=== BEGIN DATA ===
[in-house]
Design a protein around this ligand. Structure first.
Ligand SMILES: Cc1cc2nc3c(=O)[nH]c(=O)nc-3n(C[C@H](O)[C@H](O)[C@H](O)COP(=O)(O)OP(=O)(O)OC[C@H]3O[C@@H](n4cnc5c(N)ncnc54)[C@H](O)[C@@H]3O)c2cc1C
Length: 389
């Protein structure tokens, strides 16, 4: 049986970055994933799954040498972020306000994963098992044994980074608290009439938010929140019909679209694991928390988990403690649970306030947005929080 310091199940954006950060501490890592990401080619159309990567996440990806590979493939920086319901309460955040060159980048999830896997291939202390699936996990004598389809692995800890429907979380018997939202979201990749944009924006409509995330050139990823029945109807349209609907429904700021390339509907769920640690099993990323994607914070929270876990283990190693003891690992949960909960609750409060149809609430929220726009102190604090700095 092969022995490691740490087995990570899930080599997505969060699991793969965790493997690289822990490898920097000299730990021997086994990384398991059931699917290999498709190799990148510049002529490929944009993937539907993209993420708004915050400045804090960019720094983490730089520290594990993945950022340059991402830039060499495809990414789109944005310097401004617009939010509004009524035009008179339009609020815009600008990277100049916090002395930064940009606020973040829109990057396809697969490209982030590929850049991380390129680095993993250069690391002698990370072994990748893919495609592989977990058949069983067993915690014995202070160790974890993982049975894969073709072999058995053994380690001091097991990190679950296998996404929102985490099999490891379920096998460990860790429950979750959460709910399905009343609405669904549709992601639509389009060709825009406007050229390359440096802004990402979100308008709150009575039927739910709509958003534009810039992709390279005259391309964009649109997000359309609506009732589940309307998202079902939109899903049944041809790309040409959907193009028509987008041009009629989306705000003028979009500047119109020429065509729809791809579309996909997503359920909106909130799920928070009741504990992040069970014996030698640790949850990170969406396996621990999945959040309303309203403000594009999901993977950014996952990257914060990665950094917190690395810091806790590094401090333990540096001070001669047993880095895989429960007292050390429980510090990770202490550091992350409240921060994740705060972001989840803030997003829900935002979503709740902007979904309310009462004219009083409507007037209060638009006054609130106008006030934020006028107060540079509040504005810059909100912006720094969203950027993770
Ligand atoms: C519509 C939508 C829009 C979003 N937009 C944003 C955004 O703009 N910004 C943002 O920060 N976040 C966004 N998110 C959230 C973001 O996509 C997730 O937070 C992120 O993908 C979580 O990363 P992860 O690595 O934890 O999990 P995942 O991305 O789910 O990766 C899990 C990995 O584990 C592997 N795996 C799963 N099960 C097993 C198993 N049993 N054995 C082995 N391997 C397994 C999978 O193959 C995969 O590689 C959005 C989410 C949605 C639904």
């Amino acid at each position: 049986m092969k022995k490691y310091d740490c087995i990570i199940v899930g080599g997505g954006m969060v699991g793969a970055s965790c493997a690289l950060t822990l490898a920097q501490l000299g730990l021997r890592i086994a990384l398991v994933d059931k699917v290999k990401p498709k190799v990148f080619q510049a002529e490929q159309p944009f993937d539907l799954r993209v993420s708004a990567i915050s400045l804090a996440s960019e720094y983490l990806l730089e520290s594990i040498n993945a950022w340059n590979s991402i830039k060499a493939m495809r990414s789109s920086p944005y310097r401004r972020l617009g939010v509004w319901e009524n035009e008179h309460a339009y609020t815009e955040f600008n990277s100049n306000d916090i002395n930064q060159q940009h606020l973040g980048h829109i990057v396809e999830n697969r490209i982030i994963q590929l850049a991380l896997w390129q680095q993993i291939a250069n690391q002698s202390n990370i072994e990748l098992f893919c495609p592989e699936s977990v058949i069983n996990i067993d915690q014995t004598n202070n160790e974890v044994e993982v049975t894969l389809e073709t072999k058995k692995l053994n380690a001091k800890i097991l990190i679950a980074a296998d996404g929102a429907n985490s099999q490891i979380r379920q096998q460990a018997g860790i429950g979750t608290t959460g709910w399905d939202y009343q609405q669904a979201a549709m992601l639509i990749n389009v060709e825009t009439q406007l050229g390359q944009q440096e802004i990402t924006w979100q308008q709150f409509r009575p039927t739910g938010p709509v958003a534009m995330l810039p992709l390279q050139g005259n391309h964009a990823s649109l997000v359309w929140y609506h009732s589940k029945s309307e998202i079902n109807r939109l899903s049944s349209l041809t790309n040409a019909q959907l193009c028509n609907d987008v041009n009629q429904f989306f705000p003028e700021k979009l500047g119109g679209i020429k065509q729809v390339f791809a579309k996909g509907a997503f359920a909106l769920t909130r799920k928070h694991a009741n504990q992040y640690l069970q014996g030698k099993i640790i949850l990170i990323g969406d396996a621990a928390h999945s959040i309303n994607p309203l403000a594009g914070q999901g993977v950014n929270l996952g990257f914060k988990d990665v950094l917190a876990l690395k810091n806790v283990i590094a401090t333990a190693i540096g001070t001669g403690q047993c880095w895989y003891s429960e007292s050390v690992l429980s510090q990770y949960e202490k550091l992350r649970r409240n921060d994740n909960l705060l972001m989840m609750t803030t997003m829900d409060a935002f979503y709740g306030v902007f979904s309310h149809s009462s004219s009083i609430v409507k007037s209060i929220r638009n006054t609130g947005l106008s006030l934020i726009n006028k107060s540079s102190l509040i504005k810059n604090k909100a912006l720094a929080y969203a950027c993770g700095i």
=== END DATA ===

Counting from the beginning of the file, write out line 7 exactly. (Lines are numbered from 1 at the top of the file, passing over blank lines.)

């Amino acid at each position: 049986m092969k022995k490691y310091d740490c087995i990570i199940v899930g080599g997505g954006m969060v699991g793969a970055s965790c493997a690289l950060t822990l490898a920097q501490l000299g730990l021997r890592i086994a990384l398991v994933d059931k699917v290999k990401p498709k190799v990148f080619q510049a002529e490929q159309p944009f993937d539907l799954r993209v993420s708004a990567i915050s400045l804090a996440s960019e720094y983490l990806l730089e520290s594990i040498n993945a950022w340059n590979s991402i830039k060499a493939m495809r990414s789109s920086p944005y310097r401004r972020l617009g939010v509004w319901e009524n035009e008179h309460a339009y609020t815009e955040f600008n990277s100049n306000d916090i002395n930064q060159q940009h606020l973040g980048h829109i990057v396809e999830n697969r490209i982030i994963q590929l850049a991380l896997w390129q680095q993993i291939a250069n690391q002698s202390n990370i072994e990748l098992f893919c495609p592989e699936s977990v058949i069983n996990i067993d915690q014995t004598n202070n160790e974890v044994e993982v049975t894969l389809e073709t072999k058995k692995l053994n380690a001091k800890i097991l990190i679950a980074a296998d996404g929102a429907n985490s099999q490891i979380r379920q096998q460990a018997g860790i429950g979750t608290t959460g709910w399905d939202y009343q609405q669904a979201a549709m992601l639509i990749n389009v060709e825009t009439q406007l050229g390359q944009q440096e802004i990402t924006w979100q308008q709150f409509r009575p039927t739910g938010p709509v958003a534009m995330l810039p992709l390279q050139g005259n391309h964009a990823s649109l997000v359309w929140y609506h009732s589940k029945s309307e998202i079902n109807r939109l899903s049944s349209l041809t790309n040409a019909q959907l193009c028509n609907d987008v041009n009629q429904f989306f705000p003028e700021k979009l500047g119109g679209i020429k065509q729809v390339f791809a579309k996909g509907a997503f359920a909106l769920t909130r799920k928070h694991a009741n504990q992040y640690l069970q014996g030698k099993i640790i949850l990170i990323g969406d396996a621990a928390h999945s959040i309303n994607p309203l403000a594009g914070q999901g993977v950014n929270l996952g990257f914060k988990d990665v950094l917190a876990l690395k810091n806790v283990i590094a401090t333990a190693i540096g001070t001669g403690q047993c880095w895989y003891s429960e007292s050390v690992l429980s510090q990770y949960e202490k550091l992350r649970r409240n921060d994740n909960l705060l972001m989840m609750t803030t997003m829900d409060a935002f979503y709740g306030v902007f979904s309310h149809s009462s004219s009083i609430v409507k007037s209060i929220r638009n006054t609130g947005l106008s006030l934020i726009n006028k107060s540079s102190l509040i504005k810059n604090k909100a912006l720094a929080y969203a950027c993770g700095i």